Collaborative Study on the Genetics of Alcoholism
The Collaborative Study on the Genetics of Alcoholism (COGA) is a tightly integrated, multifaceted and interdisciplinary project, with three overarching goals: to identify and characterize genes in which variations confer risk for (or protection from) the development of alcohol use disorders (AUDs) and related phenotypes; to understand the mechanisms by which these variants work at the molecular and cellular level; and to understand how genetic, environmental, and neurocognitive factors interact to influence the developmental trajectories of alcohol use and AUDs through an ongoing prospective study of at-risk individuals.
To accomplish these goals, COGA has assembled a team spanning a broad range of expertise, recruited a unique sample of large, ethnically diverse families densely affected by AUDs and a set of comparison families, and is carrying out a Prospective Study of adolescents and young adults from these families to elucidate how genetic risk unfolds across development against a background of documented environmental factors. We will continue our successful efforts to study a wide range of alcohol-related phenotypes, including neurophysiological endophenotypes, to maximize our power to detect novel variants/genes across the allelic spectrum. We will study the mechanism of action of newly identified genes to better understand how they affect risk and examine how the variants identified in one generation affect important precursor phenotypes and developmental trajectories during the critical adolescent/young adult phase of the next generation. At the same time, we will also explore how gender, ethnicity and environmental factors interact with these variants to moderate their effect on outcomes.The overarching specific aims of the molecular genetics component for the next five years of COGA are:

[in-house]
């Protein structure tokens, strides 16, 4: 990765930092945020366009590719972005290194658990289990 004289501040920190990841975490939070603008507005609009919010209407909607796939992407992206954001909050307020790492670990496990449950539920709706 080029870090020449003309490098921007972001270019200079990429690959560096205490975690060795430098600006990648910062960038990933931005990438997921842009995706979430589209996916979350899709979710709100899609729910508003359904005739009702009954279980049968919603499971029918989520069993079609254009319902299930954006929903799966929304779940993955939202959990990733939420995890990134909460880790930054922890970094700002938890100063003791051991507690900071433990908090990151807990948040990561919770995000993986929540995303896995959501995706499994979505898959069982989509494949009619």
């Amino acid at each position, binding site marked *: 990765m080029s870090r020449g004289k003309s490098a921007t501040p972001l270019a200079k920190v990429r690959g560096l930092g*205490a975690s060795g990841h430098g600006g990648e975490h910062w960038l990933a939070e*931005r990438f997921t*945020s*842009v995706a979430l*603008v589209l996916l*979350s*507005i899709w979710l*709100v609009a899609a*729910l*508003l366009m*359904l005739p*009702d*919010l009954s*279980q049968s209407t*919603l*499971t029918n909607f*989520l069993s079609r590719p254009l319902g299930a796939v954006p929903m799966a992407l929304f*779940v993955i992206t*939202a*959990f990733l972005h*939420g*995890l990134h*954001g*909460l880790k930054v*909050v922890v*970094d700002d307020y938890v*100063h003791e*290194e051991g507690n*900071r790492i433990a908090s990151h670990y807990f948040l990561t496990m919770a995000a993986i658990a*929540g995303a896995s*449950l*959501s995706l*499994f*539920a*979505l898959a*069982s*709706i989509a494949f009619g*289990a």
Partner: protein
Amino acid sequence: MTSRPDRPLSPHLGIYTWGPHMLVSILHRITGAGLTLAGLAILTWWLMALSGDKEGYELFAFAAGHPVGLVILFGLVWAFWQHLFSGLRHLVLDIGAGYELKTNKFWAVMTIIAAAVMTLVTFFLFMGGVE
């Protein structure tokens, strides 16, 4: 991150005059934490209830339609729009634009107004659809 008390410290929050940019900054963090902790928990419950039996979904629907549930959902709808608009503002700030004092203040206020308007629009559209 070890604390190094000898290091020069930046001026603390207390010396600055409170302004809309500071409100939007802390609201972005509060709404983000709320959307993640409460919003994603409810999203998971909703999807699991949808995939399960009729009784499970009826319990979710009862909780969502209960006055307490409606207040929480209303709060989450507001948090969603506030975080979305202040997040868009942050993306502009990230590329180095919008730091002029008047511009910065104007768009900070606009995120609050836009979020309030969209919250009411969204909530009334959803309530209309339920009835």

- To identify additional genes that contribute to the risk for AUD and related phenotypes
- To explore mechanisms of action of key genes
- To examine the effects of genes and environmental factors on clinical and neurophysiological phenotypes related to the vulnerability for risky drinking, AUDs and SUDs across adolescence and young adulthood.
We have recruited 2,255 families and 17,682 individuals, many from extended families denselyaffected with AUDs. This is the largest available family resource to develop novel endophenotypes and couple them with extensive genotyping and sequencing to identify novel allelic variants across the genome.
Kapoor M, Wang JC, Wetherill L, Le N, Bertelsen S, Hinrichs AL, Budde J, Agrawal A, Almasy L, Bucholz K, Dick DM, Harari O, Xiaoling X, Hesselbrock V, Kramer J, Nurnberger JI Jr, Rice J, Schuckit M, Tischfield J, Porjesz B, Edenberg HJ, Bierut L, Foroud T, Goate A.Genome-wide survival analysis of age at onset of alcohol dependence in extended high-risk COGA families. Drug Alcohol Depend. 2014 Sep 1;142:56-62. doi: 10.1016/j.drugalcdep.2014.05.023. Epub 2014 Jun 11. PMID: 24962325
Wang JC, Foroud T, Hinrichs AL, Le NX, Bertelsen S, Budde JP, Harari O, Koller DL, Wetherill L, Agrawal A, Almasy L, Brooks AI, Bucholz K, Dick D, Hesselbrock V, Johnson EO, Kang S, Kapoor M, Kramer J, Kuperman S, Madden PA, Manz N, Martin NG, McClintick JN, Montgomery GW, Nurnberger JI Jr, Rangaswamy M, Rice J, Schuckit M, Tischfield JA, Whitfield JB, Xuei X, Porjesz B, Heath AC, Edenberg HJ, Bierut LJ, Goate AM. v A genome-wide association study of alcohol-dependence symptom counts in extended pedigrees identifies C15orf53. Mol Psychiatry. 2013 Nov;18(11):1218-24. doi: 10.1038/mp.2012.143. Epub 2012 Oct 23. PMID: 23089632